Last month I wrote about breeding with a purpose, and I think that in order to breed with a purpose it is vital to understand the purpose of the Seedstock or Purebred industry. While it is nice to sell bulls for $20,000 and females for $10,000, the purpose of the Seedstock industry is not that, it is to produce cattle that will help the commercial producer become more profitable in what they do. Whether it is a small producer that just sells calves by the pound at the local auction barn or a large producer that sells pot loads of steers or even retains ownership of the cattle. Seedstock producers need to know their target audience and produce a product that will help the bottom line of their commercial customers.

A Seedstock producer needs to be in touch with the commercial industry while also keeping up with the latest technology that will help them advance their cattle for future generations. Most commercial operations get paid for pounds of product, either as a live calf or as a carcass. Seedstock producers need to realize this and make sure that the cattle they offer to commercial producers helps increase weight gain and efficiency. EPDs are a great way to do this and should be considered when making breeding decisions. There are also feed tests that Seedstock producers can take part in that can help prove efficiency and help with future breeding decisions. Commercial producers that take the product all the way to the rail can make or lose money based on carcass quality grade and/or yield grade. Ultrasound technology for scanning carcasses on live animals is a great way to estimate how an animal will perform and again goes into the EPDs that can be used for breeding decisions. It is very important to use the technology available as a Seedstock producer because that same technology is being used by commercial producers.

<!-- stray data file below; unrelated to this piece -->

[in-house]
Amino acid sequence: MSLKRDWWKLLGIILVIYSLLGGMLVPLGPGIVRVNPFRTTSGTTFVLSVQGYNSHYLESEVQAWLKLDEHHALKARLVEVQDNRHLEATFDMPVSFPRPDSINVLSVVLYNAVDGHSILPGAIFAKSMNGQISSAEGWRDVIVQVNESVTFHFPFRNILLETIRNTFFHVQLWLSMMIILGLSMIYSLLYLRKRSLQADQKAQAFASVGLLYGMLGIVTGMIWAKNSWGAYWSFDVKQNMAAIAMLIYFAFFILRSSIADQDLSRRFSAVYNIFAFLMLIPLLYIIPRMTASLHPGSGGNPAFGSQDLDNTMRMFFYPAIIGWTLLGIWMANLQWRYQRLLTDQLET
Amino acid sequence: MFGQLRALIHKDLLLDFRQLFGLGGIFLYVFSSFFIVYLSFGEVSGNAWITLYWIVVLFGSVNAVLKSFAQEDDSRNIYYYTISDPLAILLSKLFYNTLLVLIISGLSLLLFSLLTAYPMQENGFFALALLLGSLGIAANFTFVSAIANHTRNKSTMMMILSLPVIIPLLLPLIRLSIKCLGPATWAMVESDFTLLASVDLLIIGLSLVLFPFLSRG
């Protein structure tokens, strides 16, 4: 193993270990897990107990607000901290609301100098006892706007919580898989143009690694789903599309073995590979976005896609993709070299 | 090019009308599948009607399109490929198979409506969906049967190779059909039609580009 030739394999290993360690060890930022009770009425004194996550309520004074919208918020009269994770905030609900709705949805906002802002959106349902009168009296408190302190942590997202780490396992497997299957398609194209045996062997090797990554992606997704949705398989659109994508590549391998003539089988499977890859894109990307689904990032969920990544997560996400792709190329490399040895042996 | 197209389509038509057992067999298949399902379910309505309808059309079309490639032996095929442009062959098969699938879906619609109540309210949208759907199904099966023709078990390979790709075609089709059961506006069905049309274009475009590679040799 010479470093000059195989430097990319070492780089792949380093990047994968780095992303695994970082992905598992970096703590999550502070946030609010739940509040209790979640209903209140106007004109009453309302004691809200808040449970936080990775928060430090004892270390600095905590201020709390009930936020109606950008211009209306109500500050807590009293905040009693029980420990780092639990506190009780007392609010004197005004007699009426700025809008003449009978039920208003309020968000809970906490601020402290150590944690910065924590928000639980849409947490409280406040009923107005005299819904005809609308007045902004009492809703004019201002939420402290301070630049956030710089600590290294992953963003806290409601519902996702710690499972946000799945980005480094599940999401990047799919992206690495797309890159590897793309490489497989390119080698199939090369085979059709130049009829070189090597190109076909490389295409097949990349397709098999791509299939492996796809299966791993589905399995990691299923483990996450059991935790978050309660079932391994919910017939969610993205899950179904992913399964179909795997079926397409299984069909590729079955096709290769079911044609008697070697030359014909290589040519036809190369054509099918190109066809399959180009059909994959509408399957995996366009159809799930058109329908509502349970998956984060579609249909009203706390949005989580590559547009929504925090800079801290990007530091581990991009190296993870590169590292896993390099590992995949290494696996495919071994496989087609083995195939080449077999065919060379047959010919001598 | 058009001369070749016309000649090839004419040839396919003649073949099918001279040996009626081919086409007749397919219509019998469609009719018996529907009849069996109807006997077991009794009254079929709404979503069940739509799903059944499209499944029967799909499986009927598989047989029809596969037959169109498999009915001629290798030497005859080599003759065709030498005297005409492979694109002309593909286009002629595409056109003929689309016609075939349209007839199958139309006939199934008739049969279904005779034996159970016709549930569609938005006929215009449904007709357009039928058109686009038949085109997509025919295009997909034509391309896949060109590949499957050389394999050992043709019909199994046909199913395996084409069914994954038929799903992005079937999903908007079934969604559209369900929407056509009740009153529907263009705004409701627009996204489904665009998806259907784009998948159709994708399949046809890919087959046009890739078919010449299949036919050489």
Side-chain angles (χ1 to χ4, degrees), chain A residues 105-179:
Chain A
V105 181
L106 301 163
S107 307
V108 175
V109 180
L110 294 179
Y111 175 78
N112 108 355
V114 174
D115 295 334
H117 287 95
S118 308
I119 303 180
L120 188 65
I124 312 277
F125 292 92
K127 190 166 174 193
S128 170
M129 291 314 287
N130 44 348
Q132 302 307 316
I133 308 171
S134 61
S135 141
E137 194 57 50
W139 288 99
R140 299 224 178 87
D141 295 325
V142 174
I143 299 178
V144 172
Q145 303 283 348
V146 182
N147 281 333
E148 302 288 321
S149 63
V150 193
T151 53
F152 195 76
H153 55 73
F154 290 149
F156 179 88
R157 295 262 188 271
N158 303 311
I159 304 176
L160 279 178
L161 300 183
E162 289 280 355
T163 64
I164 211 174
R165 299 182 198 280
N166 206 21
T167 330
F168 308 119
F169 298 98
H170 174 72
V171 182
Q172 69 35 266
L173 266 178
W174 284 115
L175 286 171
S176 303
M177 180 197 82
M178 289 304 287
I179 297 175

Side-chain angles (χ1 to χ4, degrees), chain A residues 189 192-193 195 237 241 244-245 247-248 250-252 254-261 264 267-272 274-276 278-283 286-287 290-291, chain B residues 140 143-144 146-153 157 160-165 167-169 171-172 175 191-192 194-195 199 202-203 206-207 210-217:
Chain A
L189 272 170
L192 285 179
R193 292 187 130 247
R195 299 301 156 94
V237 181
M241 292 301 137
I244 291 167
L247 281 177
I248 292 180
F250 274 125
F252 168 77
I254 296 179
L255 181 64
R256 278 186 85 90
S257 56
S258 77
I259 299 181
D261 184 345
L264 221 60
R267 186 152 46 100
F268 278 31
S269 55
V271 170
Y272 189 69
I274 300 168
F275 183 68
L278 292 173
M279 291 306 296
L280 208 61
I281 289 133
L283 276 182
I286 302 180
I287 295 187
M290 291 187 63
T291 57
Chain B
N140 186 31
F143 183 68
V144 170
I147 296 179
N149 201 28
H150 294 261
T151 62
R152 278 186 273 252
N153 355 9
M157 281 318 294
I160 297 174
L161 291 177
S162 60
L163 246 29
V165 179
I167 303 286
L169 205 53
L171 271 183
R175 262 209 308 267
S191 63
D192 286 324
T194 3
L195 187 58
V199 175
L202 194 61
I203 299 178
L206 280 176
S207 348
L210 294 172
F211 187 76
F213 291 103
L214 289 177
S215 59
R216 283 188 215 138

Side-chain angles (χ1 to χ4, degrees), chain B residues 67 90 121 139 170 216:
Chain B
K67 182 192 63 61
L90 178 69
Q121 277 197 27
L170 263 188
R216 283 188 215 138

There are also commercial producers that are in the market of making commercial replacement females. These commercial producers focus on using the best genetics available to them to make cows that will go out and generate profit for other commercial producers. The Seedstock producer can help with this by making bulls and females that are fertile, sound and functional, while not sacrificing a large amount of weight or carcass traits. Beefmaster cross females are highly sought after because they are able to go out work and make great calves for commercial producers. This is an area that Beefmaster breeders should try to capitalize on and continue improving on. A good cow is the foundation for great calves that generate a profit.

As Seedstock producers it is crucial to pay attention to the commercial cattleman and his needs, if the cattle that are being produced do not meet the needs of the commercial man then why are they being produced. It is also important to stay on the edge of technology so that the Seedstock cattle being produced not only meet the goals of the commercial industry but will also help advance it into the future. Part of the Seedstock industry is also the elite of the purebreds going back to Seedstock producers, however that is a small part. The overall purpose and focus should be to produce cattle that work for the commercial producer. The flow chart illustrates how the cattle industry works and it is very important to keep in mind when making breeding decisions. Next month’s article will focus on the purpose of the various technologies we use.